I also was reminded in reading Niki's comments that I can sometimes get so passionate about an idea that I forget to look at both sides of the story. For example, I have been passionately exploring my research question, but through the lens of: isn't independent learning the best and we should all be doing it and it is the future and why isn't it happening more get the idea

So, in realising this about myself, I am making a concerted effort to find research on the limits or downsides of independent learning.

I would also like to say thanks to all of you for your blog posts these past couple of weeks. Even if I don't reply to all of them, when I read I always gain heaps of insight and ideas.

Monday, September 23, 2013

Reflecting and Brainstroming

As I prepare to start the bulk of my writing for my research paper, I am stuck on how to put my "problem" into words.

I would like to continue to explore the issue of teacher and student buy-in being connected - how a technology will be more likely adopted by a teacher if he/she can see that it will benefit students and also how teacher guidance and buy-in can then positively affect students use/adoption of a technology.

My research question has been: will using Moodle to cultivate independent learning increase teacher and student adoption of the LMS as a new technology.

I'm not sure how to translate that into a problem - any ideas? Help!

Thanks in advance for any replies :)

Friday, August 30, 2013

Assignment 1 - Reflection

Both parts of assignment 1 are officially submitted and out of my hands - a bit scary really! I feel like I could have spent about another month developing my ideas and reading more research - writing and re-writing until my.

I suppose that is a good thing - scenario planning has been eye-opening for me as I imagine what the future could bring for education, and the models of change have helped me visualise solutions and strategies to implement important new technologies with success.

After this first portion of the course, I feel like there are real paths forward for education. It is easy to focus on the issues and frustrations, talking about how we need an educational revolution, but it takes real imagination, inspiration and strategy to start looking at how we achieve this.

Monday, August 12, 2013

W6 - Reflection


I feel like I have been in a whirlwind the past two weeks!

The mOOC was definitely a new and wonderful experience for me. I felt like everything I read flowed so well into the next thing. My initial anxiety and slight frustration at getting all the "pre-learning quiz" questions wrong (except for the last one, on a guess) turned into curiosity and passion for scenario planning. I am a believer for sure!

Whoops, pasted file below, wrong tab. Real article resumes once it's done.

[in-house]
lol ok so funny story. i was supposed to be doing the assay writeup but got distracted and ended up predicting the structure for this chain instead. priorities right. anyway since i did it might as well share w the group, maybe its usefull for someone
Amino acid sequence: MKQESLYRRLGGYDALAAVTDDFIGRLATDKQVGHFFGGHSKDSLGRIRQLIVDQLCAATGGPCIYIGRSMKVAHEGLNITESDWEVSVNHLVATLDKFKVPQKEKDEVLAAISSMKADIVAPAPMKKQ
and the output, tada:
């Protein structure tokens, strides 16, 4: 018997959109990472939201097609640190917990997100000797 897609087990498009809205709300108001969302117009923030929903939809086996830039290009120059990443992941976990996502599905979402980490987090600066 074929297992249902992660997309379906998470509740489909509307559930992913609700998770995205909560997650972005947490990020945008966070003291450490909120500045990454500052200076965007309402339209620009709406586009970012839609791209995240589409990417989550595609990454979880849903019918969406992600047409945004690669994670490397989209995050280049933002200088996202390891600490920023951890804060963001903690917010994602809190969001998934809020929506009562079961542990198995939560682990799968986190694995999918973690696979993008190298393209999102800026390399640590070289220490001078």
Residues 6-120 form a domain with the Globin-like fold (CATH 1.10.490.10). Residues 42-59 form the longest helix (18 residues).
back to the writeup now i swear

I felt myself wanting to read and watch everything (as well as take notes), which is probably why I fell behind a bit at times. I found it hard to "skim" or pick and choose what resources to digest. Alas, as it was part of the process, I did cull it down a bit and was able to finish, albeit still a couple of days late.

Reading other people's blog and forum posts has helped me heaps, and I am grateful for such an open and encouraging group of classmates. I have felt more connected to my classmates in this course than in any other online class, which is so great.

I am feeling excited about completing my official assignment for the course, though still overwhelmed as usual, more so now in a positive way, if that makes sense!?

Hope everyone is having a great week - it has been raining on Waiheke, which means water in the tank, so I am having a good start to mine :)


W5 - Article; "Let Them Learn"

Let Them Learn

Today outside the Ministry of Education was the third in a series of protests by young men and women left behind by NZ’s education system. These young people are all in their late teens to early twenties and many of them have not been inside a school building for five or more years. You know some of them; the lucky ones have managed to get jobs in retail and the service industry in their communities. However, the majority are living at home with their families, wondering what their future will look like.

In 2020 it was made mandatory for all new university entrants to have achieved at NCEA level 4. This change had been expected for many years prior and was finally pushed through by the Ministry of Education ten years ago. Since then the expectations of NCEA on students has risen and the workload has increased. With level 1 starting at year 10 and 30 credits per course now the average, even the most gifted high school students are struggling.